I went to visit my friends restaurant and the first thing he asked me is if I was going to get the new iPhone to which i replied i was. Him, his fiancé, another bystander and his girlfriend all stated that they were jumping from android to the iPhone. I asked them why and they all stated to me the same thing, "android becomes slow after a week of use."

  • gdbjr

    Is this really an android site? It appears that there are too many intelligent responses for it to me a android site. LOL!

    This is definitely a welcome change from some other forums I used to visit.

    But as everyone else has said, the specs don't matter that much. A great OS will make hardware seem better. And a poor OS can make even the latest hardware run like a turd.

  • http://none J Lo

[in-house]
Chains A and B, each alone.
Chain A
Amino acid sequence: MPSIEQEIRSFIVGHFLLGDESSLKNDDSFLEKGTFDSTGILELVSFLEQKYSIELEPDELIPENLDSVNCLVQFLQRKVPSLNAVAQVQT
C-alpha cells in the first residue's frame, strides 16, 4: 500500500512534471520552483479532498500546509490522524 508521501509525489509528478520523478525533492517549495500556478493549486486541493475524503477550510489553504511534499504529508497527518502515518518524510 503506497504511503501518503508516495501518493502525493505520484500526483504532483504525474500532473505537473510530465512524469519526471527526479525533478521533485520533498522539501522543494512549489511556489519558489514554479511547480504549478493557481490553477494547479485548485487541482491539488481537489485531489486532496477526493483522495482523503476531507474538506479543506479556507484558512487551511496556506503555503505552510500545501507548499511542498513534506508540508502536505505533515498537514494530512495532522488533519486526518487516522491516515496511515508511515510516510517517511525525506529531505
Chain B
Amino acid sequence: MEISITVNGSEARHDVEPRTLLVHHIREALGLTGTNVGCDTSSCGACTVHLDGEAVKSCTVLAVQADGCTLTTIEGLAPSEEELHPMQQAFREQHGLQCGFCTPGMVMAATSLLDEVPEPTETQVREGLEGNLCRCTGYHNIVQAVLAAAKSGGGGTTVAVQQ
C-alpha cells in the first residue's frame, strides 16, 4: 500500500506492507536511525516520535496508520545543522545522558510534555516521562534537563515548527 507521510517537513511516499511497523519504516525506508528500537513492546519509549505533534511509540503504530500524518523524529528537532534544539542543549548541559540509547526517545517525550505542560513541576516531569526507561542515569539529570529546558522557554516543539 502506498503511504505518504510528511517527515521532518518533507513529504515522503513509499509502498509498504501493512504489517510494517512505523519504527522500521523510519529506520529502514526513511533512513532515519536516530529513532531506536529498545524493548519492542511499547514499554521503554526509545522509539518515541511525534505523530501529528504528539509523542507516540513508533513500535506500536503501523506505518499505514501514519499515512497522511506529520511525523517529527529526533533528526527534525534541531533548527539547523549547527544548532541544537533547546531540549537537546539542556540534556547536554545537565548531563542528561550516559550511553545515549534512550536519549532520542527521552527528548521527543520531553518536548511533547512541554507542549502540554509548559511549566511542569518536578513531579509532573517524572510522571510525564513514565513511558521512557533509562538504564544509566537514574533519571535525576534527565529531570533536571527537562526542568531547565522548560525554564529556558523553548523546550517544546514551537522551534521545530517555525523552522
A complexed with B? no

Is apple seriously trying to sell this ? Who would buy another unlocked but not unlocked carrier iphone?

    Oct 7, 2011 on http://www.apple.com preorder page.

    "The unlocked iPhone works only on supported GSM networks, such as AT&T in the U.S. When you travel internationally, you can also use a micro-SIM card from a local GSM carrier. The unlocked iPhone 4 will not work with CDMA carriers such as Verizon Wireless or Sprint." and thats $649.00

    Definetly not a world phone if you ask me. Just more corporate run around.
    Apple you have 6 months or droid it is.

  • GraveUypo

    to be honest i'm pretty sure this was supposed to be iphone 5, but it was so underwhelming they had to rename it to iphone 4s just to buy time to come up with something that stands out more without breaking the hype.